Last year, an epidemic of bird flu killed millions of chickens and turkeys, affecting the supply of bird-based meats and of chicken eggs. Experts thought that the shortage and high egg prices might continue, but they were wrong: farmers were able to breed and raise new generations of female chicks, ready to take the place of their fallen colleagues. [More]
As U.S. poultry farmers continue to get their flocks back to normal levels and consumers are finally seeing prices dropping after the widespread avian flu outbreak that hit the industry last year, officials with the Department of Agriculture say they’ve found the first case of bird flu since last June. [More]
It’s only a week until Thanksgiving, which means you’re probably getting your shopping list ready for the big day of feasting. Prepare yourself for (slightly) higher prices than last year, as experts predict that the average Turkey Day dinner will cost more than $50 for the first time ever.
The bad news: the after shocks of the avian flu outbreak that hit U.S. farms this year continue to linger, with egg prices increasing yet again in September. The good news: prices should start to fall, experts say, just in time for prime holiday baking season.
Though the bird flu crisis might be over now, the toll it’s taken on egg and poultry producers in the U.S. will continue for quite some time. Industry experts say egg prices will climb higher than previously predicted, and stay high through 2016. Meanwhile, frozen wholesale turkeys will also cost more this Thanksgiving than last year.
McDonald’s has been testing an all-day breakfast menu in various pockets around the country, and it’s reportedly planning on going nationwide with the concept in the fall. But could the ongoing avian flu problem — and the high egg prices that have resulted from it — scuttle this long-awaited change? [More]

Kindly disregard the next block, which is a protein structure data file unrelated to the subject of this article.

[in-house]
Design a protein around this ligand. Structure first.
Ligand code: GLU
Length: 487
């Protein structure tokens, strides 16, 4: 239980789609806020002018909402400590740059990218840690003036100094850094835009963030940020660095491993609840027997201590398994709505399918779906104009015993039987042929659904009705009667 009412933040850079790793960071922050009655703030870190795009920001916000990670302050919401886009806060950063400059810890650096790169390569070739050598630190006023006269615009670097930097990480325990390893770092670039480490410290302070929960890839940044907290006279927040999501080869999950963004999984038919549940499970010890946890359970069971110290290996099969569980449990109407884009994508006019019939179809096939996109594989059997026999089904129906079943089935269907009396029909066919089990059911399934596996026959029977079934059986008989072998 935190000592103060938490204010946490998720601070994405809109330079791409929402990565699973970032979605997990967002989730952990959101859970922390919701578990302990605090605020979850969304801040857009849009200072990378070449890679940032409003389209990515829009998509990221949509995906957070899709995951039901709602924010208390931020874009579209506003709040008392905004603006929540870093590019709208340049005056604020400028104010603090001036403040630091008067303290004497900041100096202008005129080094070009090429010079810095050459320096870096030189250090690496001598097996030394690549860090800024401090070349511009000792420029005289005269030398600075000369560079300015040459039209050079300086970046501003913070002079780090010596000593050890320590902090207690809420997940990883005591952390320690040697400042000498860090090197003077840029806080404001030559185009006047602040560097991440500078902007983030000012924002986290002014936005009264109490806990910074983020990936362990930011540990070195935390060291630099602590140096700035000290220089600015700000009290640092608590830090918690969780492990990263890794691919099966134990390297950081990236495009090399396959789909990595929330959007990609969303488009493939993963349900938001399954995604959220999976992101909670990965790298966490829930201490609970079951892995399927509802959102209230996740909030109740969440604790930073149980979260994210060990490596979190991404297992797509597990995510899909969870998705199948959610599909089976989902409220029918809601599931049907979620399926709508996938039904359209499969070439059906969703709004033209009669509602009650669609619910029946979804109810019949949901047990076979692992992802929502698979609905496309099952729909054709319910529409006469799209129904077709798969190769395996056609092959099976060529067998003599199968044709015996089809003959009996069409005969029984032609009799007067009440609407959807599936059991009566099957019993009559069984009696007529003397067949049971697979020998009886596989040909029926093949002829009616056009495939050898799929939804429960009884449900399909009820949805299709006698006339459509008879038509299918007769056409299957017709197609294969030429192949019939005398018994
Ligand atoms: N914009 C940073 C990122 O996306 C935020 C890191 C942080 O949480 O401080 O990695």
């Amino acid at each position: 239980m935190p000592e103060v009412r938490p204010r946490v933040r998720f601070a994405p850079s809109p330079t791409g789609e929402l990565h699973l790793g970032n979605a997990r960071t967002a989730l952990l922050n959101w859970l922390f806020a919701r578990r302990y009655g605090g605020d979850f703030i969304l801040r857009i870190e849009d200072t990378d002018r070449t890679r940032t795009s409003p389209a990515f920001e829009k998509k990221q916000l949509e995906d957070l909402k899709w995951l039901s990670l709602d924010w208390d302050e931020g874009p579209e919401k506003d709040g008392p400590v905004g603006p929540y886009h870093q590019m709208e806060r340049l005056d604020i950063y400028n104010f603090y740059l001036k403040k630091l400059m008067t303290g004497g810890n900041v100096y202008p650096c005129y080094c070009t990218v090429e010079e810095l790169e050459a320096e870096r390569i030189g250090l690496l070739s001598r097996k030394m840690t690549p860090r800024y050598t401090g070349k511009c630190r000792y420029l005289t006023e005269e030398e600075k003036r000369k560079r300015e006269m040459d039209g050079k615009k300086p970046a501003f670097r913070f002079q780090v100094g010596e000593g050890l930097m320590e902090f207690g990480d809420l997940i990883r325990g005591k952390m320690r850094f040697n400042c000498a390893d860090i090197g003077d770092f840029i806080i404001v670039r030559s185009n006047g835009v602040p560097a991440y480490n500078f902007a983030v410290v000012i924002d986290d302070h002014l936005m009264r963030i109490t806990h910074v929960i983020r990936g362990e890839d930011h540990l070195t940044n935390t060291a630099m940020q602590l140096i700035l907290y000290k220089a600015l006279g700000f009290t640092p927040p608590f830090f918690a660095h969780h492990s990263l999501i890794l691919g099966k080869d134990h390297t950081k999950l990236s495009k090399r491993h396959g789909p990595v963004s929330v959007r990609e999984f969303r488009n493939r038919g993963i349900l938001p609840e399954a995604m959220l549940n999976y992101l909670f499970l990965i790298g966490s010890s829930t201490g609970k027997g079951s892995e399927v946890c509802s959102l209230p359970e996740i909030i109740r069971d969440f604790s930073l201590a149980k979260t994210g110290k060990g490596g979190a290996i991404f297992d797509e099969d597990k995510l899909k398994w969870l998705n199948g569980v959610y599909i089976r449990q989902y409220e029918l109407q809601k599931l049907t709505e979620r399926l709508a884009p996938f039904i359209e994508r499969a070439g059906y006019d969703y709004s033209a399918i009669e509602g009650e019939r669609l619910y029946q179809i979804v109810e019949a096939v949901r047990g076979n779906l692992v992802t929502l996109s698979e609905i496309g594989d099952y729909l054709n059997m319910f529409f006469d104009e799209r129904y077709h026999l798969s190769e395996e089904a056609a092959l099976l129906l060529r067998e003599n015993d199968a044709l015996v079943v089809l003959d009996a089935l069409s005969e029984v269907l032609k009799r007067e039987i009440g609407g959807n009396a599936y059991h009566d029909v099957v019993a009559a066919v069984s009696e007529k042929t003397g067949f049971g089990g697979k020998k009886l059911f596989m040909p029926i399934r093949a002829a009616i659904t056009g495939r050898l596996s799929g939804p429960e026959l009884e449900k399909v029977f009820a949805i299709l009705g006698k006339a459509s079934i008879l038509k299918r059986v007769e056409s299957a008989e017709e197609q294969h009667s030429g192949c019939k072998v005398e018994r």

Although you might be seeing higher prices for a carton of eggs at the supermarket or limits on how many you can buy at once, it’s not likely you’ll be facing bare shelves at stores anytime soon, say grocers. Prices have tripled in some areas, tamping down demand as some customers aren’t willing to shell out the extra dough for a dozen eggs.
Following on the heels of Whataburger’s recent announcement that it’s shortening its weekday breakfast hours due to the recent egg shortage caused by an especially bad outbreak of avian flu, Texas supermarket chain H-E-B is posting signs in its stores asking customers to please not buy up all the eggs at once.
We were warned, and so it has come to pass: The recent outbreak of avian flu that’s been decimating poultry populations in the Midwest is putting the hurt on American consumers. Whataburger announced that starting today, it’ll be shortening its breakfast hours in the face of a national egg shortage.
We’ve heard warnings that Thanksgiving turkey supplies could suffer a hit this season amid a severe outbreak of avian flu in the Midwest that began in April, and now it appears consumers will begin to see effects in their wallets. The prices for eggs and turkey meat are going up as more chickens and turkeys fall to the disease.
It’s still more than six months away, but amid an avian flu outbreak in the U.S. that’s doing some serious damage to poultry farms, some people are already having to think long and hard about Thanksgiving. Supplies of whole turkeys might not be able to keep up as well as usual with the holiday demand.
In the midst of a major avian flu outbreak, Hormel says the fallout from the virus will mean it sells fewer turkeys this year, after losing 1.7 million birds on 28 farms in Minnesota.
Avian flu won’t seem to go away, and there’s a particularly nasty, vaccine-resistant strain of the virus popping up in China and Vietnam. The Food and Agriculture Organization says the virus poses “unpredictable risks to human health.”
As bird flu threatens to morph into a virus that can be passed from human to human, British scientists have taken a step forward in preventing the spread of the deadly epidemic by producing genetically modified chickens which are unable to transmit the flu to other creatures.